Dr Richard Hatchett, CEO of the Coalition for Epidemic Preparedness Innovations, says: CEPI“It is unlikely that the coronavirus will be the last of the coronaviruses “.

“We know from history that other coronaviruses will almost certainly pass from animals to humans again and cause disease,” says Ted Schenkelberg, who has a background in infectious diseases and has worked in HIV vaccine programs. , or SARS X – And what will it be?.

And he said, the idea of ​​a universal vaccine is that it will work through any of the known coronaviruses, or any other vaccine lurking in animal warehouses, adding that, ideally, we want to be in a situation where we have stored vaccines before an outbreak of any new strain occurs.

Even better, he explained, people should already be vaccinated so that they are protected before the next pandemic, adding that to create a universal vaccine, scientists must focus on the common characteristics and structures of coronaviruses and then “exploit them.”“.

One approach being investigated is to target the way coronaviruses gain entry into the cell, and the target of existing vaccines.

Ted Schenkelberg, who has a background in infectious diseases and has worked on HIV vaccine programmes, said computer modeling and artificial intelligence could significantly speed up the process of identifying other structural “vulnerabilities”..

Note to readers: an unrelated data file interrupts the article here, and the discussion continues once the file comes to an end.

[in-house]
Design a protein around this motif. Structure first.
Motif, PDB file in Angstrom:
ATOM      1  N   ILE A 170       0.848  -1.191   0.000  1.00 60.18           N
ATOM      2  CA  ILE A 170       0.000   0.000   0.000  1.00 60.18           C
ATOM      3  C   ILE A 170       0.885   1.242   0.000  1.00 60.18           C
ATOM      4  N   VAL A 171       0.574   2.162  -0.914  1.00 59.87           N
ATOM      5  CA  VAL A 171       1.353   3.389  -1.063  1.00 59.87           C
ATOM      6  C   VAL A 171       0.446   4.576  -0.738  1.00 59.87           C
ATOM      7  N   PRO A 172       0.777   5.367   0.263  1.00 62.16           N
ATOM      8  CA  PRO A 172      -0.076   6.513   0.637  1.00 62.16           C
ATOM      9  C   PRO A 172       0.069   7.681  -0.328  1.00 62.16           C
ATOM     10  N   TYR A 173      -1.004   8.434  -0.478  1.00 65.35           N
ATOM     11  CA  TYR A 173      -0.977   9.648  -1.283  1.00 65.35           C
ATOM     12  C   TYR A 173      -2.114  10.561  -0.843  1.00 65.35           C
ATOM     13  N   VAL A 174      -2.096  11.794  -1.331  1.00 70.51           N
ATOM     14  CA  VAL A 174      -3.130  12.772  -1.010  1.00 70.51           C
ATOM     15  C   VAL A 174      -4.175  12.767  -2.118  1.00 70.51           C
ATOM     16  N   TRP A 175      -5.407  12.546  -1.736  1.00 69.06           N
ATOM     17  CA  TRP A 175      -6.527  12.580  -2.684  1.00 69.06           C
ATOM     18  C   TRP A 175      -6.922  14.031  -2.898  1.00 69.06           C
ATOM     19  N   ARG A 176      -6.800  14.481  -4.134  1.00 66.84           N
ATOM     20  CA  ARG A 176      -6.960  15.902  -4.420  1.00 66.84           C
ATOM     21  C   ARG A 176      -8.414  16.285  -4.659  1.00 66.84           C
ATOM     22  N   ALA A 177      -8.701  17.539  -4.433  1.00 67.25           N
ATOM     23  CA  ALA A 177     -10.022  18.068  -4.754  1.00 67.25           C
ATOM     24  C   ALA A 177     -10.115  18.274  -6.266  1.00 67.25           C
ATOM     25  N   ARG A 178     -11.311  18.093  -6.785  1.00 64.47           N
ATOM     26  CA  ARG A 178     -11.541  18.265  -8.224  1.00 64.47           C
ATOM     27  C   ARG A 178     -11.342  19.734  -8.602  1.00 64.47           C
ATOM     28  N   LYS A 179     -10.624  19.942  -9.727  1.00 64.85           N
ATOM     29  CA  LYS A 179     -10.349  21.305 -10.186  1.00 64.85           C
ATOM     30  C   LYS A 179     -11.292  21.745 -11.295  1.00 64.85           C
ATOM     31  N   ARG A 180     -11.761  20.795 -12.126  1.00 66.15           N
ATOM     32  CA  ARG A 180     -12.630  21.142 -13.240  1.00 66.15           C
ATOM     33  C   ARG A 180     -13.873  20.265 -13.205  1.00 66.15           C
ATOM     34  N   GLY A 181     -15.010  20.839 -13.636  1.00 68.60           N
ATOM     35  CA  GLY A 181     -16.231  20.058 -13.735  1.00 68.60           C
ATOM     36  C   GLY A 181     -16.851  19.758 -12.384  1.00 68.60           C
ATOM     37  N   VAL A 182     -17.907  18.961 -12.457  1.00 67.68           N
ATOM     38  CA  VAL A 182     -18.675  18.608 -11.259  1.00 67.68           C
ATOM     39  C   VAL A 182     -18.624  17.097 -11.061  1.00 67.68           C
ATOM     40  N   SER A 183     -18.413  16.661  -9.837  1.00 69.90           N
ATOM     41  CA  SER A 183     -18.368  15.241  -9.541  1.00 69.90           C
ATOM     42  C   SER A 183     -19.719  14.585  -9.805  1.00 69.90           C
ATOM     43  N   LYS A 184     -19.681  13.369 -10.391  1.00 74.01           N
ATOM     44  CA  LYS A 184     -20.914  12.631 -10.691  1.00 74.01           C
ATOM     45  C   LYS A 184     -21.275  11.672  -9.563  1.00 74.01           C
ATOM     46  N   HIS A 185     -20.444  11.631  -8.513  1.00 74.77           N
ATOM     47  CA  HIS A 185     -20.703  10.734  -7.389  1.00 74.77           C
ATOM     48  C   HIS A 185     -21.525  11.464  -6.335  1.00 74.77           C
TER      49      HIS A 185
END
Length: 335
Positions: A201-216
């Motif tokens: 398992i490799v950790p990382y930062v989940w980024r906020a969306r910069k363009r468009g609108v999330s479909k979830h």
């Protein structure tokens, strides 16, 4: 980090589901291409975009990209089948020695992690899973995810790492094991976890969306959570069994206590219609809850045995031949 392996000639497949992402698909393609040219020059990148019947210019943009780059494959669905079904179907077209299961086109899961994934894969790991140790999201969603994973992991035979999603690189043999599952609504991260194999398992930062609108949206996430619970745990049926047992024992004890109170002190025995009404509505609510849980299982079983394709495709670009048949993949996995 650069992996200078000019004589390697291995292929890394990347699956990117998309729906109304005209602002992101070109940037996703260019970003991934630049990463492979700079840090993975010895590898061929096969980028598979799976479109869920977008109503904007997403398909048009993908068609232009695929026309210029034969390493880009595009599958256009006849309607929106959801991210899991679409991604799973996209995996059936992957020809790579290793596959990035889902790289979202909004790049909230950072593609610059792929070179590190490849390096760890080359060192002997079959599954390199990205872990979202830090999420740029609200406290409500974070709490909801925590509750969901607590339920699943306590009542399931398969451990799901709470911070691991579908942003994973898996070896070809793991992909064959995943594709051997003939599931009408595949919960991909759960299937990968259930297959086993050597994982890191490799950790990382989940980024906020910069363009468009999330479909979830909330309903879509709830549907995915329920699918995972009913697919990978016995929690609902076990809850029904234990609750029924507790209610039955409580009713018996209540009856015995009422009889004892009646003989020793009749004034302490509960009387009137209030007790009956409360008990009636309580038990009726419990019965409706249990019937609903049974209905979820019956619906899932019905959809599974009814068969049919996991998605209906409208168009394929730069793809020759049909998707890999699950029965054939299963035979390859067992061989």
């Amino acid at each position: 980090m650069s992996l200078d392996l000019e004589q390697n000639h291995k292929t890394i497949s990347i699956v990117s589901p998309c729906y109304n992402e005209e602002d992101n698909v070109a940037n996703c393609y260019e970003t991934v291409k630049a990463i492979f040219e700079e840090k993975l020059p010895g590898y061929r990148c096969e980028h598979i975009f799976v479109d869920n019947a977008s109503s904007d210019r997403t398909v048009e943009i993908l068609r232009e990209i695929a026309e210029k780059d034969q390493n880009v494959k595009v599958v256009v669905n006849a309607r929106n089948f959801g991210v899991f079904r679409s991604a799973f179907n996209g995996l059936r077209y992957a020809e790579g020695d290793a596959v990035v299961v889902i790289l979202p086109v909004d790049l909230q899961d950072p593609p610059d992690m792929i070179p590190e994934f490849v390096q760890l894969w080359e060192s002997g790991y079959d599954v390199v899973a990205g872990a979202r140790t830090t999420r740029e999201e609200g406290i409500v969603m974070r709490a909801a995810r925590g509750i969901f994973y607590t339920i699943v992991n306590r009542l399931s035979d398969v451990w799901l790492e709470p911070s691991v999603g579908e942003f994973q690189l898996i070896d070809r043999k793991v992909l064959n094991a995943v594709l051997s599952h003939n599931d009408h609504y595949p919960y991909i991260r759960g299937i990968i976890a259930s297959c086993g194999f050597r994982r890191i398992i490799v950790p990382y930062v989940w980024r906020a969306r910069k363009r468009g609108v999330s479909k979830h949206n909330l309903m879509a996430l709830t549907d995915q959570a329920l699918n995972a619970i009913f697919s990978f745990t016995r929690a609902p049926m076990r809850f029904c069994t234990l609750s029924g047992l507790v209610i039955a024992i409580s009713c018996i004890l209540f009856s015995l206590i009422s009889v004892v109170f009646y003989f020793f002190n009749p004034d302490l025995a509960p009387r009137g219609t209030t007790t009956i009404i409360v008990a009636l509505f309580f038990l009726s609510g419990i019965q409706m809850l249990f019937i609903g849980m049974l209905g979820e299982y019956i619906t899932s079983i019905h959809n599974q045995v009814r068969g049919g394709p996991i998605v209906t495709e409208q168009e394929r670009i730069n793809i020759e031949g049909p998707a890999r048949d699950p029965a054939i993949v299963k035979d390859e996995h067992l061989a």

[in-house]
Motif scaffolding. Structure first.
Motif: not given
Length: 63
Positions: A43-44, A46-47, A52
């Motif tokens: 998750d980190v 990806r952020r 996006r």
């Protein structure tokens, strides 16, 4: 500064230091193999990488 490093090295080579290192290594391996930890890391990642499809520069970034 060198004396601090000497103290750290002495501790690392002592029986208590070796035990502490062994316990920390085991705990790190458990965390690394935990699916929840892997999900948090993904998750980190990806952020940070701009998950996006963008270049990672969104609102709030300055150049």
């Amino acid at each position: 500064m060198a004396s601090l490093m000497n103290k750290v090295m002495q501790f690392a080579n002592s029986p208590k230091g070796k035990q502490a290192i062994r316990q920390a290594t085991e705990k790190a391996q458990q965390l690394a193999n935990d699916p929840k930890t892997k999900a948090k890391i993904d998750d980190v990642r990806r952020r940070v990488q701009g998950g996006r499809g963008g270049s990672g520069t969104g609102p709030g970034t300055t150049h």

He told the newspaper Good Health: “We can use science to understand which coronaviruses will be a threat to humans, as well as the most protective immune responses, helping scientists design vaccines that protect against new threats.“.

Dr Chris Smith, a consultant virologist and lecturer at the University of Cambridge, said we should look for a universal vaccine for the Corona virus, but this does not mean that it will be easy to develop it, explaining that viruses hide the parts of the virus that do not change much between different strains to protect themselves and protect them effectively. And that makes it more difficult for them to exploit their vulnerabilities, so while I believe in the power of science, these viruses are hard to crack and sometimes it’s easier, cheaper, safer and faster to update our vaccines regularly, as we do with influenza. “.

And he said, that vaccines are not our only option, as Schinkelberg explains: “We can do things differently to reduce the chance of another epidemic, we need better management of the environment and monitoring of viruses in animals, so that we know what Corona viruses are spreading, we cannot go into 2020 again.” other.

And he wonders, but could the solution be a universal vaccine – a one-shot that provides protection against the coronavirus, all its forms, and all members of the coronavirus family?

He explained that the Corona virus is the third virus transmitted from animals to humans in the past two decades.

In 2002, SARS (Severe Acute Respiratory Syndrome) appeared in China, infecting more than 8,000 people and killing 774, and then, in 2012, the MERS virus appeared. MERS (Middle East Respiratory Syndrome) in Saudi Arabia, killing 881 people worldwide.